Together this will provide the first experimental insights into the biochemical function and 3D structure of a double BON domain protein, and will illuminate the lipid trafficking pathway from the inner membrane to the outer membrane of Gram negative bacteria.

Planned Impact

Broader Academic Community: Scientific groups will be engaged by primary journal articles, reviews, web sites, exchange visits and access to research products and services. Overduin, Henderson and Knowles have produced over 50 manuscripts since 2008, including papers in JACS, EMBO R, Nature Str Mol Biol, PLOS, PNAS USA and Science. Open access journals will continue to be the medium for communicating our results. Overduin operates websites at www.nmr.bham.ac.uk as well as HWB-NMR twitter and facebook accounts to disseminate new knowledge, practices and events. The team will continue to presents at and organise conferences, and will run focused meetings will be used to transfer knowledge and skills, with Overduin being the organizer of four BBSRC-funded JPA workshops on protein expression, annual EU-funded meetings on membrane-protein interactions, and Wellcome Trust-funded NMR workshops on NMR software and data analysis.

Commercial Sector: Pharmaceutical and biotech companies will learn about the tools and methods being developed here through their visits to Birmingham as HWB-NMR users, as well as through collaborations, with GSK and AstraZeneca supporting BBSRC CASE PhD studentships on academic research in Overduin's group. Overduin, Knowles and Henderson have been closely involved in the BBSRC BRIC programme, which brings together industry leaders in the bioprocessing sector, in order to develop and share new technologies for membrane protein production, genetic engineering of E. coli and cell based screening assays.

Wider Public: The PIs will continue to play an active role in promoting the public understanding of science, and have contributed to stories in the Birmingham Post, Business Desk, Guardian, Information Daily, Telegraph, BBC-WM and Research TV in the past several years. Overduin is a member of the steering group of the British Science Association, which held a Science Festival in Birmingham in Sept 2010, and every four years thereafter, and runs events for this and University Open Days. Lab and facility tours will continue to given by Overduin and members of his group to high school classes and the public, and several high school students have performed summer research projects in his lab recently through Nuffield bursories.

Overduin also volunteers as Chair of the Science and Medicine Forum of the Lunar Society, a scientific body which was originally founded in the West Midlands in 1775. He serves on its Executive Committee, helping to organize monthly lectures and public events with attendances of up to 600 people. Speakers he has hosted include the Nobel Laureate Paul Nurse, President, Rockefeller University and Sir Liam Donaldson, Chief Medical Officer. This provides an avenue to present results on pharmaceutical research and genetics, proteomics and systems biology of disease, helping to overcome public anxiety about pathogenic diseases, and demonstrating the benefits of new technologies and drug discovery through academic - industrial collaborations.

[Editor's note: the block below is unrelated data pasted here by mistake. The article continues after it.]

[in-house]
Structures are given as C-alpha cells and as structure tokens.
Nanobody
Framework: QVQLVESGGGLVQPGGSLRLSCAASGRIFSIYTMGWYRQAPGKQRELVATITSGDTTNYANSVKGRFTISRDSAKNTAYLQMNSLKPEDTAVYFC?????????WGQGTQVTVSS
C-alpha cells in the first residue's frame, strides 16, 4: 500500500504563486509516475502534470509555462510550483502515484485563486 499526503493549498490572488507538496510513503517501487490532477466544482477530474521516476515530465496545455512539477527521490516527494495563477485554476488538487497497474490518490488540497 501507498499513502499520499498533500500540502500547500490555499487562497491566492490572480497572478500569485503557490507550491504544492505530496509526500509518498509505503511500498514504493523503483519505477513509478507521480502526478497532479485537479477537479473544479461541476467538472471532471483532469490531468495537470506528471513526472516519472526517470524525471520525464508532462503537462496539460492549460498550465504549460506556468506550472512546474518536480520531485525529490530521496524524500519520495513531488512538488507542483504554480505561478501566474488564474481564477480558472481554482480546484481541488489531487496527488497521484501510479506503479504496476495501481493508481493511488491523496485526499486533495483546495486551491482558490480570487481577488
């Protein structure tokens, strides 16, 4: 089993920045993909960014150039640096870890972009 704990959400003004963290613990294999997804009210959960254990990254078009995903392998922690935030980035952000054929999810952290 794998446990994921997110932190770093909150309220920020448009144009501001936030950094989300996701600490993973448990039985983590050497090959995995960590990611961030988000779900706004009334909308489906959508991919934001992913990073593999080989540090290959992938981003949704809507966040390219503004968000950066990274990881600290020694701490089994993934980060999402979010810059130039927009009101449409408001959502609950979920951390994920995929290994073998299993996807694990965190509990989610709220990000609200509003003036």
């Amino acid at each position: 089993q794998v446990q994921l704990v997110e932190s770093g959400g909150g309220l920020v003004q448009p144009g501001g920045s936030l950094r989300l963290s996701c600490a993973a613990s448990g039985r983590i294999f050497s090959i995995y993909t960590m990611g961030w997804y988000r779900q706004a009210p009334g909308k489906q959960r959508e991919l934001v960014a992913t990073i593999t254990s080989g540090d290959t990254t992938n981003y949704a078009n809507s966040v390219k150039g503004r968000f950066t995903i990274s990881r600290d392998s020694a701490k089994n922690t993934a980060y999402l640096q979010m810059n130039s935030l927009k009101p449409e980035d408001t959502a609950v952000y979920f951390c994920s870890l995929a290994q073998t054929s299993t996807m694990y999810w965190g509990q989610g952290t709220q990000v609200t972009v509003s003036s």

Business engagement: Overduin has served as a member of the University of Birmingham's Regional Advisory Group which is tasked with exploring strategic collaborations with regional partners. He established Science Capital as a nonprofit organization to connect internationally recognized scientists with the public and businesses to present and discuss innovations and priorities for growth and investment. For example, he presented his BBSRC-funded research alongside AstraZeneca and Sygnature Discovery to an audience of 100 such experts on 19 Sept 2012 in order to provide awareness of opportunities including open innovation-based drug discovery.

The cost of these public engagement activities are estimated at 3 hours per month, as well as the associated local travel costs (~£20/month), all of which is given freely for this publicly funded research.

Publications

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Kufareva I (2014) Discovery of novel membrane binding structures and functions. in Biochemistry and cell biology = Biochimie et biologie cellulaire

 
Description We discovered the structure and function of a bacterial protein.
Exploitation Route The results are in submission to the journal Nature.
Sectors Agriculture, Food and Drink,Pharmaceuticals and Medical Biotechnology

 
Description Conference was organized on combating microbial resistance, see http://www.sciencecapital.co.uk/2013-global-health/
First Year Of Impact 2013
Sector Agriculture, Food and Drink,Healthcare,Pharmaceuticals and Medical Biotechnology
Impact Types Policy & public services

 
Description Lipid translocation 
Organisation National University of Singapore
Country Singapore 
Sector Academic/University 
PI Contribution We have provided microbial genetics support to the partner, identifying new candidates for lipid transport between Gram-negative bacterial membranes
Collaborator Contribution The partner has assisted in training the postdoctoral fellow in lipid analysis techniques
Impact multidiscipliniary
Start Year 2016
 
Description lipid translocation 
Organisation New York University
Country United States 
Sector Academic/University 
PI Contribution genetics experiments and lipid analysis
Collaborator Contribution cryo-EM and structural biology
Impact Paper in Cell describing the structures of the major lipid trafficking pathways in gram-negative bacteria
Start Year 2016